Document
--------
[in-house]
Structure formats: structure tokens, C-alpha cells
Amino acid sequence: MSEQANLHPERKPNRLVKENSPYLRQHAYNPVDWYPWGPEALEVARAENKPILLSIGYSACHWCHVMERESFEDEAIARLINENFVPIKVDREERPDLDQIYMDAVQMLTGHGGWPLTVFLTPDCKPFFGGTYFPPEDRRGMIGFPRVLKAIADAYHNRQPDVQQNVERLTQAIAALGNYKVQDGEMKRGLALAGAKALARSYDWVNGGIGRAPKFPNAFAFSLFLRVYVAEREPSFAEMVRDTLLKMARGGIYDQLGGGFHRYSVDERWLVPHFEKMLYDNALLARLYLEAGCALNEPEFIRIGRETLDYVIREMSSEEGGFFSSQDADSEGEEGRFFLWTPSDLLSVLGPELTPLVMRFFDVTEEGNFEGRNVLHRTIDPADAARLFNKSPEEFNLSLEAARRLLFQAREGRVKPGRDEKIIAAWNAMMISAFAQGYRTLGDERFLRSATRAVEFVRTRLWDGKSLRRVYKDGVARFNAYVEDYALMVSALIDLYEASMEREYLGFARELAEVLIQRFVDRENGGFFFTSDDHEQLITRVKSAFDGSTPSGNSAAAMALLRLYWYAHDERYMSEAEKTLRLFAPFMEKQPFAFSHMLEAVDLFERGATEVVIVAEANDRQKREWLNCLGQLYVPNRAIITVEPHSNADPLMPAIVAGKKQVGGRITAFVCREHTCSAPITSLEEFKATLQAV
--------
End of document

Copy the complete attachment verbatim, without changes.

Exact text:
[in-house]
Structure formats: structure tokens, C-alpha cells
Amino acid sequence: MSEQANLHPERKPNRLVKENSPYLRQHAYNPVDWYPWGPEALEVARAENKPILLSIGYSACHWCHVMERESFEDEAIARLINENFVPIKVDREERPDLDQIYMDAVQMLTGHGGWPLTVFLTPDCKPFFGGTYFPPEDRRGMIGFPRVLKAIADAYHNRQPDVQQNVERLTQAIAALGNYKVQDGEMKRGLALAGAKALARSYDWVNGGIGRAPKFPNAFAFSLFLRVYVAEREPSFAEMVRDTLLKMARGGIYDQLGGGFHRYSVDERWLVPHFEKMLYDNALLARLYLEAGCALNEPEFIRIGRETLDYVIREMSSEEGGFFSSQDADSEGEEGRFFLWTPSDLLSVLGPELTPLVMRFFDVTEEGNFEGRNVLHRTIDPADAARLFNKSPEEFNLSLEAARRLLFQAREGRVKPGRDEKIIAAWNAMMISAFAQGYRTLGDERFLRSATRAVEFVRTRLWDGKSLRRVYKDGVARFNAYVEDYALMVSALIDLYEASMEREYLGFARELAEVLIQRFVDRENGGFFFTSDDHEQLITRVKSAFDGSTPSGNSAAAMALLRLYWYAHDERYMSEAEKTLRLFAPFMEKQPFAFSHMLEAVDLFERGATEVVIVAEANDRQKREWLNCLGQLYVPNRAIITVEPHSNADPLMPAIVAGKKQVGGRITAFVCREHTCSAPITSLEEFKATLQAV